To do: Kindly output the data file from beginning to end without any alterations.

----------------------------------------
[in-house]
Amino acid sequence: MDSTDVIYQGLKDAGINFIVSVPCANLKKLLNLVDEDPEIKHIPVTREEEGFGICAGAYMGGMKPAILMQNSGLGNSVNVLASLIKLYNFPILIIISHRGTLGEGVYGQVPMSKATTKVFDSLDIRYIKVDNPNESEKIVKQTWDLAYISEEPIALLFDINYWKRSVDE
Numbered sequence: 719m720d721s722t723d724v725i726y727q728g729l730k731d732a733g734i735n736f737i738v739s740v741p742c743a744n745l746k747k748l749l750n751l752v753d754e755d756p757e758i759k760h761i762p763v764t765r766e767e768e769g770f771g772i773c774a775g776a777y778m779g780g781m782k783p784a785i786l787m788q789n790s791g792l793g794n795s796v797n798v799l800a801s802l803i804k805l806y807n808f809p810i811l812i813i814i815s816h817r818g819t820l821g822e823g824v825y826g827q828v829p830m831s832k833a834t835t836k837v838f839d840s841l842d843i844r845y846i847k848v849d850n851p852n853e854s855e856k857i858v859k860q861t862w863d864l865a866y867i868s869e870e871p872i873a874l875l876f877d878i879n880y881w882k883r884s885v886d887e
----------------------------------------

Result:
[in-house]
Amino acid sequence: MDSTDVIYQGLKDAGINFIVSVPCANLKKLLNLVDEDPEIKHIPVTREEEGFGICAGAYMGGMKPAILMQNSGLGNSVNVLASLIKLYNFPILIIISHRGTLGEGVYGQVPMSKATTKVFDSLDIRYIKVDNPNESEKIVKQTWDLAYISEEPIALLFDINYWKRSVDE
Numbered sequence: 719m720d721s722t723d724v725i726y727q728g729l730k731d732a733g734i735n736f737i738v739s740v741p742c743a744n745l746k747k748l749l750n751l752v753d754e755d756p757e758i759k760h761i762p763v764t765r766e767e768e769g770f771g772i773c774a775g776a777y778m779g780g781m782k783p784a785i786l787m788q789n790s791g792l793g794n795s796v797n798v799l800a801s802l803i804k805l806y807n808f809p810i811l812i813i814i815s816h817r818g819t820l821g822e823g824v825y826g827q828v829p830m831s832k833a834t835t836k837v838f839d840s841l842d843i844r845y846i847k848v849d850n851p852n853e854s855e856k857i858v859k860q861t862w863d864l865a866y867i868s869e870e871p872i873a874l875l876f877d878i879n880y881w882k883r884s885v886d887e